Clostridium Difficile (C. diff)

WHAT IS IT?

Clostridium difficile is a gram positive bacteria that is long and irregular shaped (drumstick/spindle shaped).

Electron micrograph of Clostridium difficile (source)
Electron micrograph of Clostridium difficile (source)
CULTURE CHARACTERISTICS 

*Not typically cultured clinically due to long turnaround times! 

PCR of the stool sample is used to detect either toxin A or toxin B which is produced by C. diff

MOLECULAR CHARACTERISTICS

Toxin A is an enterotoxin that binds to the brush border of the gut

Toxin B is a cytotoxin that will cause cytoskeletal disruption of cells (via actin depolymerization). This toxin is what causes the pseudomembranous colitis (and ultimately diarrhea)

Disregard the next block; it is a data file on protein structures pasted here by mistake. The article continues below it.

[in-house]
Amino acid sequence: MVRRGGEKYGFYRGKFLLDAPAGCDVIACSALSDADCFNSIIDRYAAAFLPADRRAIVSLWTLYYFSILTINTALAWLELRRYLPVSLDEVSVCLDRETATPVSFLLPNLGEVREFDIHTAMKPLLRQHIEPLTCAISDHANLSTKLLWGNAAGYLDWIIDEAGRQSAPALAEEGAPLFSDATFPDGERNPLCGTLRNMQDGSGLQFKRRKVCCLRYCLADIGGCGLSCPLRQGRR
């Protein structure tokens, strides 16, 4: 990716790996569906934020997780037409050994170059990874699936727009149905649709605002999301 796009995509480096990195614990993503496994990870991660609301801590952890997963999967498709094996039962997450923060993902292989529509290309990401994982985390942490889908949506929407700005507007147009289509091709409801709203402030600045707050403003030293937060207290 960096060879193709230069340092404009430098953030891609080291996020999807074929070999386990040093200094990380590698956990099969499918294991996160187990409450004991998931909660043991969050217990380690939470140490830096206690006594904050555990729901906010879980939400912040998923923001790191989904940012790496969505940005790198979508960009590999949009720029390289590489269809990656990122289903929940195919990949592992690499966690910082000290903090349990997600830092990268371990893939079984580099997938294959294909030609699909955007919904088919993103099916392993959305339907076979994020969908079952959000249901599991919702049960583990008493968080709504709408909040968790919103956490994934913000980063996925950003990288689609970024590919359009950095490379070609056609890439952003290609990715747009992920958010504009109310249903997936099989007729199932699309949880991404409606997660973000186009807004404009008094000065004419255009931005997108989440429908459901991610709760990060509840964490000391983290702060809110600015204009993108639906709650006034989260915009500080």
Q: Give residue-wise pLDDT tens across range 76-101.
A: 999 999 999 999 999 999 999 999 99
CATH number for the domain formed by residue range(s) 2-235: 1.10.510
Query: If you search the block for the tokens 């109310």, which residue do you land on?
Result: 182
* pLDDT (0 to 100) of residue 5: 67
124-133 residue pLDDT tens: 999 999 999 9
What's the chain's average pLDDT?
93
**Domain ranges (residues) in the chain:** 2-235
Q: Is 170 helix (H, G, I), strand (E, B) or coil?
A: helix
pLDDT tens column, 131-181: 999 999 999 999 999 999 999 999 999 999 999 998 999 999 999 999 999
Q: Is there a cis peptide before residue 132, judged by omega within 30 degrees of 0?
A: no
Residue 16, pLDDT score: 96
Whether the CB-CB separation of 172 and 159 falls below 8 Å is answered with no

TRANSMISSION

Fecal oral route of transmission (ingestion bacterial spores)

CONDITIONS CAUSED

Pseudomembranous colitis

TREATMENT

Metronidazole either oral or IV can be frontline.

Vancomycin can be used for cases refractory to metronidazole. Only the oral formulation should be used (IV is NOT effective for C. diff)

Fidaxomicin can be used for recurrent cases.

Fecal transplant can be a consideration for recurrent cases.

OTHER HY FACTS

This bacteria is spore forming and can survive on dry inanimate surfaces for up to 5 months (source)

Page Updated: 03.10.15